Battle of the Sexes – Who is Underachieving?

Cynthia Hobbs Guest Author 21 Noviembre 2014 Comentarios

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Yes, it’s true. A higher percentage of girls than boys obtain passes in the regional Caribbean Secondary Education Council/CSEC Examinations (used as a secondary school leaving exam) in most subject areas. However, in key subjects such as mathematics, more than half of all Jamaican candidates failed in 2013, regardless of sex. Though boys underperform in relation to girls, what is clear is that both boys and girls show low levels of academic achievement and have room for improvement. Therefore, the education system should be striving for excellence for all.

It is important to demand excellence because expectations motivate students; a teacher’s expectations can become a self-fulfilling prophecy. In fact, the link between better learning outcomes and teacher attitudes and expectations towards their students exists regardless of a schools’ socioeconomic background. For instance, an IDB-funded study showed that effective schools in Jamaica engender a culture of high expectation.

 How do you raise excellence for everyone? And, should interventions differ according to sex? Although a gendered approach is often talked about, leading experts in Jamaica found that socio-economic background is a greater predictor of school success than sex. And the reality is that the achievement disparity evidenced in school does not translate directly into the work force. Males in Jamaica have higher wage earning potential at all levels of educational achievement compared to females, and males have lower unemployment rates at all ages.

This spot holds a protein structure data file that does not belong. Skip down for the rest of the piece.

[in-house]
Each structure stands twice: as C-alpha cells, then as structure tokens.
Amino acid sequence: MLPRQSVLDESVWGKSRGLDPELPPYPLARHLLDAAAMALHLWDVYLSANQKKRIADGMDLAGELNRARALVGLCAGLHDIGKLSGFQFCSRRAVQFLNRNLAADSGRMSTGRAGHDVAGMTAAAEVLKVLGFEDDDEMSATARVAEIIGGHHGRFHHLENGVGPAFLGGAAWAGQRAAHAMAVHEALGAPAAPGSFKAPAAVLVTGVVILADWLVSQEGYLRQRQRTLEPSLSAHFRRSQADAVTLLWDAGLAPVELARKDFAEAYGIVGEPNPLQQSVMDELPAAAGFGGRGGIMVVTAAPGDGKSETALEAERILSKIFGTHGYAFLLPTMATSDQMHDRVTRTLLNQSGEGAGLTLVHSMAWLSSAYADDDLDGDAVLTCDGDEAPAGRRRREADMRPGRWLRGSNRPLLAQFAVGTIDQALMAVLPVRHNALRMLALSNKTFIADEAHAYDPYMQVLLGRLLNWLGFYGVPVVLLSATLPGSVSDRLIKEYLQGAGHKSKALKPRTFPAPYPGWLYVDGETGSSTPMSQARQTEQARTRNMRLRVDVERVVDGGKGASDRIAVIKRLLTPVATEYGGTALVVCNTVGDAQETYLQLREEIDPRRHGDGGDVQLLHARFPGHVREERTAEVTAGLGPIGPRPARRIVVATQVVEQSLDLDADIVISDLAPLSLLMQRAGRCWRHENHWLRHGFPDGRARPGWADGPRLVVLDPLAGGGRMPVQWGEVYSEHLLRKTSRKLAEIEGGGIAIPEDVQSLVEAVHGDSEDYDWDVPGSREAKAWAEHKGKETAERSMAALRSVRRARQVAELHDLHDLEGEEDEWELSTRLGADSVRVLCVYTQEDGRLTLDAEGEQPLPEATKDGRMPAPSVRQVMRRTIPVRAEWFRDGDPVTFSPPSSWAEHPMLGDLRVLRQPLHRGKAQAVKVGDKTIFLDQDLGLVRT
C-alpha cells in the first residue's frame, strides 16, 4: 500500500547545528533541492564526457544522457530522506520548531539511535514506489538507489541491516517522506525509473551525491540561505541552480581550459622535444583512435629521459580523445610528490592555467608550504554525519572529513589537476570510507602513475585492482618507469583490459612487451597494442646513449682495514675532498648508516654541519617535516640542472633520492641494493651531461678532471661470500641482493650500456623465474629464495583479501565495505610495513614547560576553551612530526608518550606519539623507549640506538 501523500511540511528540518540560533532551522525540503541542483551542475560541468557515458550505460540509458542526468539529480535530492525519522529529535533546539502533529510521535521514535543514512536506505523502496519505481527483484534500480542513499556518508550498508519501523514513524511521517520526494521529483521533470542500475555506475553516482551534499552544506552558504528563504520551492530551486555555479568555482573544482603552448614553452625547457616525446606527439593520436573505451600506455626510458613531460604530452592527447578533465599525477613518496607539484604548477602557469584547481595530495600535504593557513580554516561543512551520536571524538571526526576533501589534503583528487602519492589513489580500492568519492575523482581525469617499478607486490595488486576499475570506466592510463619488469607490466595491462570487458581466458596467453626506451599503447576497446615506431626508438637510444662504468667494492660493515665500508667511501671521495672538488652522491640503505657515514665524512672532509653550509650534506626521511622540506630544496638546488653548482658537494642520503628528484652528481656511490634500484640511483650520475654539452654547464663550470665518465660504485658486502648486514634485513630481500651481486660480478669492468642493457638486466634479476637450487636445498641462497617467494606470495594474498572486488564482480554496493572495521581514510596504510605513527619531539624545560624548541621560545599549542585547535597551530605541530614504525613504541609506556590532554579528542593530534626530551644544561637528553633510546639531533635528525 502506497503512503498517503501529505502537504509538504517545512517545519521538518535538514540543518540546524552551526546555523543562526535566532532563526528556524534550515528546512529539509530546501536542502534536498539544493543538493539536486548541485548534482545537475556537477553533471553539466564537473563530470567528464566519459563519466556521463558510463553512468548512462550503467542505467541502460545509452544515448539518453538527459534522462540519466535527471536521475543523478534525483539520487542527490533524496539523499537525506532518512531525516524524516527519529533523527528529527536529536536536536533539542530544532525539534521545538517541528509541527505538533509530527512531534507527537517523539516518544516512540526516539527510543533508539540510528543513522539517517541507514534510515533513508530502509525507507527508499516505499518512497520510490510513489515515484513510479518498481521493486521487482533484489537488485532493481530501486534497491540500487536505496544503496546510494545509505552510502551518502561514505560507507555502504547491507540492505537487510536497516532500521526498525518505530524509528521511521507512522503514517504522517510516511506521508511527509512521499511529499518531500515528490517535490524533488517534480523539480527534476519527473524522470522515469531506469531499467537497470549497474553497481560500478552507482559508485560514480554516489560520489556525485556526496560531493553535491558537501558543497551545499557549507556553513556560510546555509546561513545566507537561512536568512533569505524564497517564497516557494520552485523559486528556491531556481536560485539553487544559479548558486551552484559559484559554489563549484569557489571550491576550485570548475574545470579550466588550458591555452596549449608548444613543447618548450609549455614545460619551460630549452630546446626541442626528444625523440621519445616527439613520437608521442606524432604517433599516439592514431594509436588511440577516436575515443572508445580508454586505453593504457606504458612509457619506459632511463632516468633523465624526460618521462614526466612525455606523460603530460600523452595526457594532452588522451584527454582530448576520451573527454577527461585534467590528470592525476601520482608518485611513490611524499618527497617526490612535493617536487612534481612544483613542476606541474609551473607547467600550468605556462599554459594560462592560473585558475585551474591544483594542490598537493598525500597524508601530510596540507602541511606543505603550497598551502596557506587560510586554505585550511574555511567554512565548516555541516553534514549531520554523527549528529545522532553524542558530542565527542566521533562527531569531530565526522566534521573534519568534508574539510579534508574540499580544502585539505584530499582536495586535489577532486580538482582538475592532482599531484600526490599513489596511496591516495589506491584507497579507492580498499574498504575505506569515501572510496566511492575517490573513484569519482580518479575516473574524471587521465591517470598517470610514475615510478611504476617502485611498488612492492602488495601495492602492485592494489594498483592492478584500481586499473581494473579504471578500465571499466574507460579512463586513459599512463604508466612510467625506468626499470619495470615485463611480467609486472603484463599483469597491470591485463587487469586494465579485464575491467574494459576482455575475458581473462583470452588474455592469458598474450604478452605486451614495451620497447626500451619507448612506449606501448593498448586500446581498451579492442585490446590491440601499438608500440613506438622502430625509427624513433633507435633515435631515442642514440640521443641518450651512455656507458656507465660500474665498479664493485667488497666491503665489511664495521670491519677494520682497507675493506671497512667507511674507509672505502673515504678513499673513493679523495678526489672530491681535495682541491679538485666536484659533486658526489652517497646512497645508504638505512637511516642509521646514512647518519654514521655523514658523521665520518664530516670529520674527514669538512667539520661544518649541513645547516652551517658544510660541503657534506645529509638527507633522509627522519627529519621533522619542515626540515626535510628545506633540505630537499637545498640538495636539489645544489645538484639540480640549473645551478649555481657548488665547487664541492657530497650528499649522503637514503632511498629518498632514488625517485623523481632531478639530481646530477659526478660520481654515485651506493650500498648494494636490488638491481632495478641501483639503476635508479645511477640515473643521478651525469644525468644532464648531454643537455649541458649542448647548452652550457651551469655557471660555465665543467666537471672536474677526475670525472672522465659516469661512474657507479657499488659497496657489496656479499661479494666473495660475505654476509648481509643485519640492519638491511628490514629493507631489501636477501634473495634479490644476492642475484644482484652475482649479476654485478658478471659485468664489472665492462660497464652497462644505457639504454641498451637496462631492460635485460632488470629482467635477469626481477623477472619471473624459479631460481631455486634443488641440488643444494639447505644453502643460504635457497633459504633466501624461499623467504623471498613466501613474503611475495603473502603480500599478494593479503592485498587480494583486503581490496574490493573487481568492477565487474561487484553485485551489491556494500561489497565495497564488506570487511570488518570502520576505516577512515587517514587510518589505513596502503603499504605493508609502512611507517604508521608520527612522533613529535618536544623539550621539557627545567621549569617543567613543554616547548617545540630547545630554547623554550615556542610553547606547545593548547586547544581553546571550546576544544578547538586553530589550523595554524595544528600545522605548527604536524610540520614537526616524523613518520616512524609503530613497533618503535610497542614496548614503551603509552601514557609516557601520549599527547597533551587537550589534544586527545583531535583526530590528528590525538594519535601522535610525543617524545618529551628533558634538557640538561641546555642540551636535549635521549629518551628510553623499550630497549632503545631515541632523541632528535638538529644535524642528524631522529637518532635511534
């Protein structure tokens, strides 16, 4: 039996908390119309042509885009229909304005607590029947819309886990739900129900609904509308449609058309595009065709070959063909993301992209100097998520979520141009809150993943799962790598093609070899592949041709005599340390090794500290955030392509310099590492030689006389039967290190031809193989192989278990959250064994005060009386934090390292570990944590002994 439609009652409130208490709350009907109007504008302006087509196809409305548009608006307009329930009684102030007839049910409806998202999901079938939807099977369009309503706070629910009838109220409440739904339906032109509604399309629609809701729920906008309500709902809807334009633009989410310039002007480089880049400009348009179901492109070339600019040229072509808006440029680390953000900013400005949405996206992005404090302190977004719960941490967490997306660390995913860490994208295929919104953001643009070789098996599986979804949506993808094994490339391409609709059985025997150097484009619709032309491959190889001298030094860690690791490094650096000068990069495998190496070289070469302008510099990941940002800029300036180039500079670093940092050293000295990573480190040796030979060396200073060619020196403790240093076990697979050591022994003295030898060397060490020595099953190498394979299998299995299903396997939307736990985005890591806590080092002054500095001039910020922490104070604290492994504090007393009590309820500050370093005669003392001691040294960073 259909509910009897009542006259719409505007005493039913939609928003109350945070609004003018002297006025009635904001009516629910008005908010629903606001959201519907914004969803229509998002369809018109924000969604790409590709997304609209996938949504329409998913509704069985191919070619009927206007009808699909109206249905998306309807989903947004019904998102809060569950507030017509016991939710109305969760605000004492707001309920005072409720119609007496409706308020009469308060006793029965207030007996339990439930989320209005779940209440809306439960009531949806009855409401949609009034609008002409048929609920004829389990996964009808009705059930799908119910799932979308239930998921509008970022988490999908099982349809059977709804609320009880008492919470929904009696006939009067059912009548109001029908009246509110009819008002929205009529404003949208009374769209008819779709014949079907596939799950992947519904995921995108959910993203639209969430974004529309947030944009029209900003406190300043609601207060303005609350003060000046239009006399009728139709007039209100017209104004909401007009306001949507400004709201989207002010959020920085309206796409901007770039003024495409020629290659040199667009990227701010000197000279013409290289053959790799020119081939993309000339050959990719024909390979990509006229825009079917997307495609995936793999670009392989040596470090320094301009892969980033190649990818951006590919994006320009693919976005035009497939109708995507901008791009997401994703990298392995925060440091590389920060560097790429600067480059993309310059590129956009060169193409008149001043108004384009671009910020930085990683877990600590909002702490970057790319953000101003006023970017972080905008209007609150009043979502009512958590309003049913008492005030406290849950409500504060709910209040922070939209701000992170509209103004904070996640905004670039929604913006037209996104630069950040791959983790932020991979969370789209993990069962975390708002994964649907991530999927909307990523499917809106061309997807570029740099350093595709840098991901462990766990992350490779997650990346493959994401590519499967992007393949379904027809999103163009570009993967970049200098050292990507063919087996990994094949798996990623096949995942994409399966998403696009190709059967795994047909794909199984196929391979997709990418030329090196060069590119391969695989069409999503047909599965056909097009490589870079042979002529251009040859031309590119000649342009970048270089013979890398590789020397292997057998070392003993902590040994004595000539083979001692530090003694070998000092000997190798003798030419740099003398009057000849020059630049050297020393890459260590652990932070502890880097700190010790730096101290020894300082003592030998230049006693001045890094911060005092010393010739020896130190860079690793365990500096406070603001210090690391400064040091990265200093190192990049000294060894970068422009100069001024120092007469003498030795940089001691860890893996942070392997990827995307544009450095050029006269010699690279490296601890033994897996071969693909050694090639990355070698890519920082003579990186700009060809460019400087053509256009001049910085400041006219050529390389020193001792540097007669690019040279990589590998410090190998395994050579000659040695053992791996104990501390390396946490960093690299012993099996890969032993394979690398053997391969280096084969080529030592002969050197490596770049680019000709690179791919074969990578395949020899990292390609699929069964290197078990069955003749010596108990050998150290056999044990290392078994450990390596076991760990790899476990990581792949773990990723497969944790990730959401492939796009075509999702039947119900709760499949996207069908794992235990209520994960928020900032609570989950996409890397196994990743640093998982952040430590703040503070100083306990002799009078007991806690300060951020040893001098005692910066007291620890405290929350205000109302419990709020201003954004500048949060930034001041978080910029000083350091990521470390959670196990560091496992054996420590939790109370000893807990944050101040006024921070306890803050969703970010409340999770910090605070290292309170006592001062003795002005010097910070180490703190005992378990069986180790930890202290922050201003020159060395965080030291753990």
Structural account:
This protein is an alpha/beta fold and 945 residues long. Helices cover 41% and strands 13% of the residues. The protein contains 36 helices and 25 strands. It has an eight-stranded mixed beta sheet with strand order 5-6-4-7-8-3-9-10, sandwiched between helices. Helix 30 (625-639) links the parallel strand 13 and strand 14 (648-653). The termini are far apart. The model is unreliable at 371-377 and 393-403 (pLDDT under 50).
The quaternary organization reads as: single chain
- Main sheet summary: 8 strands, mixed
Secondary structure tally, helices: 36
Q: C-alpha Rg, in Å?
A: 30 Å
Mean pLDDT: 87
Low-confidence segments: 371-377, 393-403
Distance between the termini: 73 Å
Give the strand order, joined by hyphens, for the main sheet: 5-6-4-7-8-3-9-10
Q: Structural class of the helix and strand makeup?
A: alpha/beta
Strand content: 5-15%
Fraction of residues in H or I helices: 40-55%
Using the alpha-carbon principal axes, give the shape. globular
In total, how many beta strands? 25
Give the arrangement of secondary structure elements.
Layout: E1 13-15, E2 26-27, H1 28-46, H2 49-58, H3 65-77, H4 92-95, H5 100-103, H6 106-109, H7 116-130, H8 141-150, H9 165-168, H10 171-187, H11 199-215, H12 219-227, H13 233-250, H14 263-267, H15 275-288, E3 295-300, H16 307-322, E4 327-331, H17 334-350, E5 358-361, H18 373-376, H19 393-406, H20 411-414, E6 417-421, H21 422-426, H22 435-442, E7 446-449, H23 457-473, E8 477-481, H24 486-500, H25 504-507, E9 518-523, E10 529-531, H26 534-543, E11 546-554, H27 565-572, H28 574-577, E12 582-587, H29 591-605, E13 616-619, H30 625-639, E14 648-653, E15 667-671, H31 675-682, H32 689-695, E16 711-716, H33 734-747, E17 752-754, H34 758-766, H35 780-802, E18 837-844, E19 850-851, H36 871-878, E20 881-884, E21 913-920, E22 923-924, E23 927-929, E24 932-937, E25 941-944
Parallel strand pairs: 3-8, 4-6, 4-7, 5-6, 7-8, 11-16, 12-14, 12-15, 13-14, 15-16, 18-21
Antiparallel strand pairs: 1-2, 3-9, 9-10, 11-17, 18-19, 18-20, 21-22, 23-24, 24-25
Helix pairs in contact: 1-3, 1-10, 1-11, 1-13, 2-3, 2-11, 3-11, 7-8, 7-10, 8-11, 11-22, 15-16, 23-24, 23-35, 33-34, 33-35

There are economic and social costs linked to under-participation and underperformance, such as dropping out of school, increased engagement in risky behaviours like crime and violence, and lower wages. For this reason, there is a need to address underachievement of both boys and girls. Studies show that strong leadership and good teaching can make a positive difference in student achievement. Here are some other strategies:

  • Increased involvement of parents in the education of their children to provide support and motivation;
  • Teaching of targeted skills, improvement in life skills, and meaningful work experience placement;
  • Improvements in basic literacy and numeracy skills; and
  • Pedagogical support to teachers to identify learning styles of students and apply differentiated teaching strategies to meet the diverse learning needs of their students.

 There is no denying that across the English-speaking Caribbean boys are higher underachievers, but in striving for excellence, both boys and girls should be winners.

* Justine Stewart is a Research Assistant working in the IDB’s Jamaica country office. 

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